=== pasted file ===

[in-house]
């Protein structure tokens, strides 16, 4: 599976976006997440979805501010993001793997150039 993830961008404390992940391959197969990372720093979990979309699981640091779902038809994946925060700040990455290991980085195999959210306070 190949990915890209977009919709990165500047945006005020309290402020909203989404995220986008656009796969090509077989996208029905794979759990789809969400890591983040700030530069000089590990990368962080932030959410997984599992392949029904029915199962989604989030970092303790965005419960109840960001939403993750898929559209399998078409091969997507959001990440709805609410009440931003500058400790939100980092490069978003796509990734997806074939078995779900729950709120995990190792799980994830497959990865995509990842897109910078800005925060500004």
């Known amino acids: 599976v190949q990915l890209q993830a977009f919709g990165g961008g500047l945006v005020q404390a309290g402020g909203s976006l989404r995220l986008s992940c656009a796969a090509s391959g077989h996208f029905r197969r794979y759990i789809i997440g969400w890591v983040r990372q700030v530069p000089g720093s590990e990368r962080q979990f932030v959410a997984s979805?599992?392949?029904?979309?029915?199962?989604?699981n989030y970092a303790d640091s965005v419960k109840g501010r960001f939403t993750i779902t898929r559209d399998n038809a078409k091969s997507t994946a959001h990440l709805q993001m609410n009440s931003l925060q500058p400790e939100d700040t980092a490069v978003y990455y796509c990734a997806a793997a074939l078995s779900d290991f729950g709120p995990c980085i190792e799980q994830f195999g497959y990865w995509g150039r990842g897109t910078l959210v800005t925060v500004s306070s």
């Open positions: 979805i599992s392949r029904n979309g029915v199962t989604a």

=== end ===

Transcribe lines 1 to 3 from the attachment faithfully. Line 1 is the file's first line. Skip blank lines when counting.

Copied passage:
[in-house]
């Protein structure tokens, strides 16, 4: 599976976006997440979805501010993001793997150039 993830961008404390992940391959197969990372720093979990979309699981640091779902038809994946925060700040990455290991980085195999959210306070 190949990915890209977009919709990165500047945006005020309290402020909203989404995220986008656009796969090509077989996208029905794979759990789809969400890591983040700030530069000089590990990368962080932030959410997984599992392949029904029915199962989604989030970092303790965005419960109840960001939403993750898929559209399998078409091969997507959001990440709805609410009440931003500058400790939100980092490069978003796509990734997806074939078995779900729950709120995990190792799980994830497959990865995509990842897109910078800005925060500004």
């Known amino acids: 599976v190949q990915l890209q993830a977009f919709g990165g961008g500047l945006v005020q404390a309290g402020g909203s976006l989404r995220l986008s992940c656009a796969a090509s391959g077989h996208f029905r197969r794979y759990i789809i997440g969400w890591v983040r990372q700030v530069p000089g720093s590990e990368r962080q979990f932030v959410a997984s979805?599992?392949?029904?979309?029915?199962?989604?699981n989030y970092a303790d640091s965005v419960k109840g501010r960001f939403t993750i779902t898929r559209d399998n038809a078409k091969s997507t994946a959001h990440l709805q993001m609410n009440s931003l925060q500058p400790e939100d700040t980092a490069v978003y990455y796509c990734a997806a793997a074939l078995s779900d290991f729950g709120p995990c980085i190792e799980q994830f195999g497959y990865w995509g150039r990842g897109t910078l959210v800005t925060v500004s306070s």